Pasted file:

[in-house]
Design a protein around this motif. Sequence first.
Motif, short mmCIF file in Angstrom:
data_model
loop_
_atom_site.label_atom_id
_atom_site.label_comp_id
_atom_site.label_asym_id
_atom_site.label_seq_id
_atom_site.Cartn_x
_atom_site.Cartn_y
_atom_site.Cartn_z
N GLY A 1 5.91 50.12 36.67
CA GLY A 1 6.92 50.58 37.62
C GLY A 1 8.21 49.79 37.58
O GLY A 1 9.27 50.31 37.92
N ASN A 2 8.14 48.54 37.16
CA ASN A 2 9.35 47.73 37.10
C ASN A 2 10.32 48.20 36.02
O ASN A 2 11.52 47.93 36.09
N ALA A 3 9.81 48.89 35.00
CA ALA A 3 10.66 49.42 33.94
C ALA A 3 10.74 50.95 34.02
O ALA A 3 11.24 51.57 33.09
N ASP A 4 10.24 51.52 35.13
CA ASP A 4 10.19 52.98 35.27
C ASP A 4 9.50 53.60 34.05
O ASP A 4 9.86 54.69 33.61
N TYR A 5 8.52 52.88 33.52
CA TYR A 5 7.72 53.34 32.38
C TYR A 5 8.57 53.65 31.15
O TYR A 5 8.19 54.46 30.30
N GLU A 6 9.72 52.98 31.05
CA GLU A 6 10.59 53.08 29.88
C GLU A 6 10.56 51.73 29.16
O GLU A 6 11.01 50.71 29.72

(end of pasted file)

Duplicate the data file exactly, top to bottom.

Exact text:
[in-house]
Design a protein around this motif. Sequence first.
Motif, short mmCIF file in Angstrom:
data_model
loop_
_atom_site.label_atom_id
_atom_site.label_comp_id
_atom_site.label_asym_id
_atom_site.label_seq_id
_atom_site.Cartn_x
_atom_site.Cartn_y
_atom_site.Cartn_z
N GLY A 1 5.91 50.12 36.67
CA GLY A 1 6.92 50.58 37.62
C GLY A 1 8.21 49.79 37.58
O GLY A 1 9.27 50.31 37.92
N ASN A 2 8.14 48.54 37.16
CA ASN A 2 9.35 47.73 37.10
C ASN A 2 10.32 48.20 36.02
O ASN A 2 11.52 47.93 36.09
N ALA A 3 9.81 48.89 35.00
CA ALA A 3 10.66 49.42 33.94
C ALA A 3 10.74 50.95 34.02
O ALA A 3 11.24 51.57 33.09
N ASP A 4 10.24 51.52 35.13
CA ASP A 4 10.19 52.98 35.27
C ASP A 4 9.50 53.60 34.05
O ASP A 4 9.86 54.69 33.61
N TYR A 5 8.52 52.88 33.52
CA TYR A 5 7.72 53.34 32.38
C TYR A 5 8.57 53.65 31.15
O TYR A 5 8.19 54.46 30.30
N GLU A 6 9.72 52.98 31.05
CA GLU A 6 10.59 53.08 29.88
C GLU A 6 10.56 51.73 29.16
O GLU A 6 11.01 50.71 29.72